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Concrete vs. Abstract Semantics: From Mental Representations to Functional Brain Mapping

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DOI

  • Nadezhda Mkrtychian, St Petersburg State Univ, Saint Petersburg State University, Lab Behav Neurodynam
  • ,
  • Evgeny Blagovechtchenski, St Petersburg State Univ, Saint Petersburg State University, Lab Behav Neurodynam
  • ,
  • Diana Kurmakaeva, St Petersburg State Univ, Saint Petersburg State University, Lab Behav Neurodynam
  • ,
  • Dana Gnedykh, St Petersburg State Univ, Saint Petersburg State University, Lab Behav Neurodynam
  • ,
  • Svetlana Kostromina, St Petersburg State Univ, Saint Petersburg State University, Lab Behav Neurodynam
  • ,
  • Yury Shtyrov

The nature of abstract and concrete semantics and differences between them have remained a debated issue in psycholinguistic and cognitive studies for decades. Most of the available behavioral and neuroimaging studies reveal distinctions between these two types of semantics, typically associated with a so-called "concreteness effect." Many attempts have been made to explain these differences using various approaches, from purely theoretical linguistic and cognitive frameworks to neuroimaging experiments. In this brief overview, we will try to provide a snapshot of these diverse views and relationships between them and highlight the crucial issues preventing this problem from being solved. We will argue that one potentially beneficial way forward is to identify the neural mechanisms underpinning acquisition of the different types of semantics (e.g., by using neurostimulation techniques to establish causal relationships), which may help explain the distinctions found between the processing of concrete and abstract semantics.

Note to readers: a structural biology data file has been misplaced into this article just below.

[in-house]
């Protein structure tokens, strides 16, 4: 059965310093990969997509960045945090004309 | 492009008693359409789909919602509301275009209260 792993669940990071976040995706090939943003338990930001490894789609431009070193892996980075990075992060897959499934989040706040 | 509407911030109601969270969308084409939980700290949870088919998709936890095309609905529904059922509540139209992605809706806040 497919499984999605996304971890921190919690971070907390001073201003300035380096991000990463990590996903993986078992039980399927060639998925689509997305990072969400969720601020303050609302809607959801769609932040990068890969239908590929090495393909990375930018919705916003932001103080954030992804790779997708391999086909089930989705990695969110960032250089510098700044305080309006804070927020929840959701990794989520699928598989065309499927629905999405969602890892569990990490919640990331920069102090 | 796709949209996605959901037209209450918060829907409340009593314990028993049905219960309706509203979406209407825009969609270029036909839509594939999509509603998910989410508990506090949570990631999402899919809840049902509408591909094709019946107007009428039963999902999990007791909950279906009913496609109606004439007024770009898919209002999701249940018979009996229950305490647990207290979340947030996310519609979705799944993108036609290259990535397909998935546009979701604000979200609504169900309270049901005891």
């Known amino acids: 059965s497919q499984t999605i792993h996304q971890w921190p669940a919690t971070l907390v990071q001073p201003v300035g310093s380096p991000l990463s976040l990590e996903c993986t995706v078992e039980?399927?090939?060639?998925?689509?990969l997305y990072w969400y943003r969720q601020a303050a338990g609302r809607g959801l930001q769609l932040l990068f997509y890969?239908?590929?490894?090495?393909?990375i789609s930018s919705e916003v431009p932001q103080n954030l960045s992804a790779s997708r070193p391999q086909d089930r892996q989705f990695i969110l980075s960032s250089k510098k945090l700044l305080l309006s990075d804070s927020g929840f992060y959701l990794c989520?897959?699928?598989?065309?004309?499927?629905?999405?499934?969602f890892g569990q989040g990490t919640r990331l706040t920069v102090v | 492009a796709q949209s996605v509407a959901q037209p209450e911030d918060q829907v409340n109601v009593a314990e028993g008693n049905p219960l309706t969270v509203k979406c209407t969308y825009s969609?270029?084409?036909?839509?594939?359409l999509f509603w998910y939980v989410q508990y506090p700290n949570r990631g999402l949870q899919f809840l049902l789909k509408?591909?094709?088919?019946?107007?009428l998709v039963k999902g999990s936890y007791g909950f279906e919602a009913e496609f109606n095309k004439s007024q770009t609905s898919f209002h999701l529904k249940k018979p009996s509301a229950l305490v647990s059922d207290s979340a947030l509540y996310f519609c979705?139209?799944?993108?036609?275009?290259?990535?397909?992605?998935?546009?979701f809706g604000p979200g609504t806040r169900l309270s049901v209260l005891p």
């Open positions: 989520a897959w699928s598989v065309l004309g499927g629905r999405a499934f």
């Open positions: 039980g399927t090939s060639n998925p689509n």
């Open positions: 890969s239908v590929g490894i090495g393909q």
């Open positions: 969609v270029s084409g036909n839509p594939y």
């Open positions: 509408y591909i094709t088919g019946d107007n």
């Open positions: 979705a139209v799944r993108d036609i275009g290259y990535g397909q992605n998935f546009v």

Original languageEnglish
Article number267
JournalFrontiers in Human Neuroscience
Volume13
Number of pages6
ISSN1662-5161
DOIs
Publication statusPublished - Aug 2019

    Research areas

  • concrete and abstract semantics, concreteness effect, mental representation, brain, memory trace, psycholinguistics, functional brain mapping, CONCEPTUAL KNOWLEDGE, CONTEXT-AVAILABILITY, WORD CONCRETENESS, MOTOR SYSTEM, COMPREHENSION, ACQUISITION, CORTEX, CONSOLIDATION, METAANALYSIS, MECHANISM

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